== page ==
I don’t know what this book will look like to someone who isn’t me, who doesn’t delight in Byatt’s words as much as I do. But I do know that Ragnarok filled me with the very best feeling literature can give me. What the illustrations in Asgard and the Gods do for the thin child Byatt’s prose does for me: it “fills the world with alarming energy and power.”

A few favourite passages:
The picture gave the child an intense, uncanny pleasure. She knew, but could not have said, that it was the precise degree of formlessness in the nevertheless scrupulously depicted rocks that was so satisfactory. The reading eye must do the work to make them live, and so it did, again and again, never the same life twice, as the artist had intended. She had noticed that a bush, or a log, seen from a distance on her meadow-walk, could briefly be a crouching, snarling dog, or a trailing branch could be a snake, complete with shining eyes and a flickering forked tongue.
This way of looking was where the dogs and giants came from.
The stone giants made her want to write.
They filled the world with alarming energy and power.

The thin child fished in the pond for tadpoles and tiddlers, of which there was an endless multitude. She gathered great bunches of wild flowers, cowslips full of honey, scabious in blue cushions, dog-roses, and took them home, where they did not live long, which did not concern her, for there were always more springing up in their place. They flourished and faded and died and always came back next spring, and always would, the thin child thought, long after she herself was dead. Maybe most of all she loved the wild poppies, which made the green bank scarlet as blood. She liked to pick a bud that was fat and ready to open, green-lipped and hairy. Then with her fingers she would prise the petal-case apart, and extract the red, crumpled silk – slightly damp, she thought – and spread it out in the sunlight. She knew in her heart that she should not do this. She was cutting a life short, interrupting a natural unfolding, for the pleasure of satisfied curiosity and the glimpse of the secret, scarlet, creased and frilly flower-flesh. Which wilted almost immediately between finger and thumb. But there were always more, so many more. It was all one thing, the field, the hedge, the ash tree, the tangled bank, the trodden path, the innumerable form of life, of which the thin child, having put down her bundle and gas-mask, was only one among many.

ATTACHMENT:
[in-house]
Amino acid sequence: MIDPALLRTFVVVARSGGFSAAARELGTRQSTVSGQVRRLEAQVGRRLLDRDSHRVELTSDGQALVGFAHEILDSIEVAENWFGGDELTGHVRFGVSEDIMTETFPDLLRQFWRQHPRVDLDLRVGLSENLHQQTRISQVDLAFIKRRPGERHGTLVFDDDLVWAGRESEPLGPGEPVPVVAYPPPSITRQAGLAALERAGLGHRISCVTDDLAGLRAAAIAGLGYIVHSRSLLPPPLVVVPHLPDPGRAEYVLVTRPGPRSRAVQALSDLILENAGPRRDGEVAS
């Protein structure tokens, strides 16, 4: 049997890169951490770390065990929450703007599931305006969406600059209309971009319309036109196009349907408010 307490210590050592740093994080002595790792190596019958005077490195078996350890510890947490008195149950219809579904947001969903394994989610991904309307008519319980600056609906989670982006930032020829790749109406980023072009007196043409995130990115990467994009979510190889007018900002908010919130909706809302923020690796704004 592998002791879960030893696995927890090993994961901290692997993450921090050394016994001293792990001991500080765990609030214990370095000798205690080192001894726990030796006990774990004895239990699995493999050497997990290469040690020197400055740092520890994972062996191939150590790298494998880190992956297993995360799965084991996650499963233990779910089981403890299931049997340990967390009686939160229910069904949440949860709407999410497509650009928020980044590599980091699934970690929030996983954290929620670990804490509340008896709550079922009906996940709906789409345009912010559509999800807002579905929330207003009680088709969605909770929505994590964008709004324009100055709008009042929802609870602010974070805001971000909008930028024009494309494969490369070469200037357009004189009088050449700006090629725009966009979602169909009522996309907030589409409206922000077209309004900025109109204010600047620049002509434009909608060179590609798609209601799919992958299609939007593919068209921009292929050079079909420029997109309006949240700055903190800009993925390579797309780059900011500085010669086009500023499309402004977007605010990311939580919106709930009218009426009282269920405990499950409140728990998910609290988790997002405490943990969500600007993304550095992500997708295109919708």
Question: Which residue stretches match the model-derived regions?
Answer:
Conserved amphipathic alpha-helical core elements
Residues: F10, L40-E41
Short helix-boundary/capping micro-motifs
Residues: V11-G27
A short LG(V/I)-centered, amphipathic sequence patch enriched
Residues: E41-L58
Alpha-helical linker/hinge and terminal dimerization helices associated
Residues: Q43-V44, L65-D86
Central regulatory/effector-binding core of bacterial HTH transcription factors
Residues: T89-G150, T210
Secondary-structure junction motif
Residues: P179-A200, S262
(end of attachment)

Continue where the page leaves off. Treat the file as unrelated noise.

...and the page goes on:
The thin child’s father said it must come down. It was a wild tree, out of place in an urban garden. The child loved the tree, and loved her father, who had been restored to her against all her grim expectations. She watched him take an axe to the tree, singing as he hacked, making logs, a stump, bundles of brushwood out of the living wood. A gate closed in her head. She must learn to life in dailiness, she told herself, in a house, in a garden, at home, where there was butter again, and cream, and honey, good to taste. She must savour peacetime.
But on the other side of the closed gate was the bright black world into which se had walked at the time of her evacuation. The World-Ash and the rainbow bridge, seeming everlasting, destroyed in a twinkling of an eye. The wolf with his hackles and bloody teeth, the snake with her crown of fleshy fronds, smiling Loki with fishnet and flames, the horny ship made of dead men’s nails, the Fumbulwinter and Sturt’s conflagration, the black undifferentiated surface, under a black undifferentiated sky, at the end of things.
They read it too: Susan Hated Literature, Eve’s Alexandria, Desperate Reader



  1. I really loved the one book that I've read in this series and really do want to read more. Must pick this up at some point :)

  2. I have this one sitting on my Netgalley shelf and I admit I'm a bit scared. I loved The Children's Book but her book of fairy tales lost me.

  3. Love the cover, and your favorite passages. Really enjoyed this :D